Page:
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Mexico’s win over Germany was wonderful ... and excruciating

After Mexico wins at the World Cup, the feeling is more of relief than jubilation.

Germany v Mexico: Group F - 2018 FIFA World Cup Russia Photo by Alexander Hassenstein/Getty Images

I don’t know if watching Mexico play can be considered fun.

It is an uncertain and terrifying experience, more than anything else. Yes, there is jubilation after they win. But more than joy, what you feel is a sense of relief — relief that the suffering you just experienced is finally over. Well, until they play again.

Before this World Cup began, I had given up meat, looking to clean up my diet. I woke up before the Germany - Mexico game, ate a pear and drank a bottle of ice cold water. Then I went back to my bed, laid around with my cat and listened to some music. The morning was peaceful. Everything was right with the world.

By the final minutes of the game, when the Mexican players were exhausted, falling over themselves and giving the ball back to Germany in their defensive third, Germany routinely peppering Guillermo Ochoa’s goal shots, I was stress-eating a box of chicken tenders and praying to God and the gods, both old and new. I don’t know where the tenders came from, I can only assume that the divine beings answered my pleas for some comfort.

When Julian Brandt’s shot skimmed the side of the post in the 88th minute, I screamed “I DON’T DESERVE THIS! DON’T DO THIS TO ME!” at my computer screen.

Mexico are entirely capable of beating a team like Germany. They ran Germany off the pitch in the first half, pressing, tackling, passing and dribbling as if the world champions were a CONCACAF minnow. At the same time, Mexico will miss so many chances, screw up so many attacks, attacks where their forwards out-number German defenders. They do everything right, and then somehow collapse spectacularly in the final third.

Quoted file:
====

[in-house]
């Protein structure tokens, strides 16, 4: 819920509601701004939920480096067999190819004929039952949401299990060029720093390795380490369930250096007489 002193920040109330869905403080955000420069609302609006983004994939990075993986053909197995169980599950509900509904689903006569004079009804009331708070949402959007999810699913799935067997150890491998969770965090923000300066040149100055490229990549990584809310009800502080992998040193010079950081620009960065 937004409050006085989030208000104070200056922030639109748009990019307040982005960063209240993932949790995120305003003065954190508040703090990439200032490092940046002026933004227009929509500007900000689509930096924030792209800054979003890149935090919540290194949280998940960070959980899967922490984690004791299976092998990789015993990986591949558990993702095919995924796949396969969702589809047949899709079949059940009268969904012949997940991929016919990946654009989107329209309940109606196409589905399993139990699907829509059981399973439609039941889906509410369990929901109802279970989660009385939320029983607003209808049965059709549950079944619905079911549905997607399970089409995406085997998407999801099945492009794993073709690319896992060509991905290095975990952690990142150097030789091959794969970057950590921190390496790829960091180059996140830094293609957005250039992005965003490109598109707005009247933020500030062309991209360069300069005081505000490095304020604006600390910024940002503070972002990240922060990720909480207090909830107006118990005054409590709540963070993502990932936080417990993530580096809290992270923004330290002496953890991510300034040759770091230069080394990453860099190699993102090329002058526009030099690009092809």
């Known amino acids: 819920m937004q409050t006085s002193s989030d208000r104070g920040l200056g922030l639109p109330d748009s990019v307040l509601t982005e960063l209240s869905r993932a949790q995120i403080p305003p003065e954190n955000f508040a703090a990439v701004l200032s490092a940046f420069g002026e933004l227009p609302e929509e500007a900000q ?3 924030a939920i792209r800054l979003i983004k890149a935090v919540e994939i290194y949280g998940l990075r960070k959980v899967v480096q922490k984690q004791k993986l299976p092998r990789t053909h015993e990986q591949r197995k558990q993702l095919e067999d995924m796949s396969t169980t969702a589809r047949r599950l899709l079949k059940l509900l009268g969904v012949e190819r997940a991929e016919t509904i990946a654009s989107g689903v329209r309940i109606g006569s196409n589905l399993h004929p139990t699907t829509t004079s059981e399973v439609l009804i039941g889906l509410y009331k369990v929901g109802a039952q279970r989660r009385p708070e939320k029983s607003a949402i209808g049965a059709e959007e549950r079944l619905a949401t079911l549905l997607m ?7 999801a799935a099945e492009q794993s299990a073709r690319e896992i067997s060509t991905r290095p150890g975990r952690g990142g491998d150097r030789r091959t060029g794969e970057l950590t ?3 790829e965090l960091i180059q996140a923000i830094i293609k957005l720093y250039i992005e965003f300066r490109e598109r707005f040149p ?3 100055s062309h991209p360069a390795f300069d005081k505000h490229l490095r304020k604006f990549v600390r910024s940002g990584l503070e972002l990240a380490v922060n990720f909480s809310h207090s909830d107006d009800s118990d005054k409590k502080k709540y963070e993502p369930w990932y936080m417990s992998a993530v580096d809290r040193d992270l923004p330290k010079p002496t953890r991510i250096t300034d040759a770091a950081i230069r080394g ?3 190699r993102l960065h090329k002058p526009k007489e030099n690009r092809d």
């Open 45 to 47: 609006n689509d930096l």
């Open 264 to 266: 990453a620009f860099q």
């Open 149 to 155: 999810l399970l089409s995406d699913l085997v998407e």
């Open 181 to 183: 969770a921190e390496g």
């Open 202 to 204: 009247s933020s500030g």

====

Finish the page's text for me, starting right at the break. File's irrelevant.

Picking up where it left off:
The chance that broke me was when Javier Hernández and Carlos Vela were running to goal with one defender between them. There was a second defender recovering behind and to the inside of Vela, but he was too far off to stop the attack. When Hernández and Vela got into the box, the defender between them committed to Hernández to prevent a shot. All Hernández had to do was to pass it to Vela on his left. Which he tried, but his pass was too far ahead of his teammate. Vela stretched but couldn’t reach it and one of the best chances in the game was gone without a shot being registered.

That Hernández and Vela chance wasn’t the worst missed opportunity, but it was typical of everything that Mexico did in the game. It wasn’t that Germany were stopping them, it was that Mexico were being wasteful.

Yet, that feeling of frustration is balanced by one of understanding and gratefulness. Mexico were beating Germany. The same players that could waste a six vs. one counterattack played a perfect sequence to get the first goal.

After winning the ball back in their defensive third, an outlet pass found Javier Hernández right under the center circle. Hernández played a one-two around the closing Mat Hummels, which left him in acres of space against the last defender, Jerome Boateng. At the same time Hirving Lozano was speeding down the left wing. The same Hernández who would miss the pass to Vela later, and who had been swinging wildly at shots and falling over himself when it was time to make a critical decision, sent a perfectly weighted ball into the path of Lozano.

It took only a touch to the inside for Lozano to beat Mesut Ozil, and another to balance himself before beating Manuel Neuer at the near post.

Mexico is Forrest Gump-ian in their “box of chocolates” unpredictability. You can come in expecting a great performance in the Copa America quarterfinals and leave stunned after a 0-7 defeat to Chile. Or you can come in hoping that they just put up a fight against Germany, and be surprised by a one-nil in a game where Mexico could have scored six.

This is what it is to watch and root for Mexico — it’s absurd, excruciating, exciting and perfect. It captures the essence of what the team is. They’re perpetually on the verge of collapse and greatness. They can always surprise you. You just don’t know if that’s going to be a good or bad thing.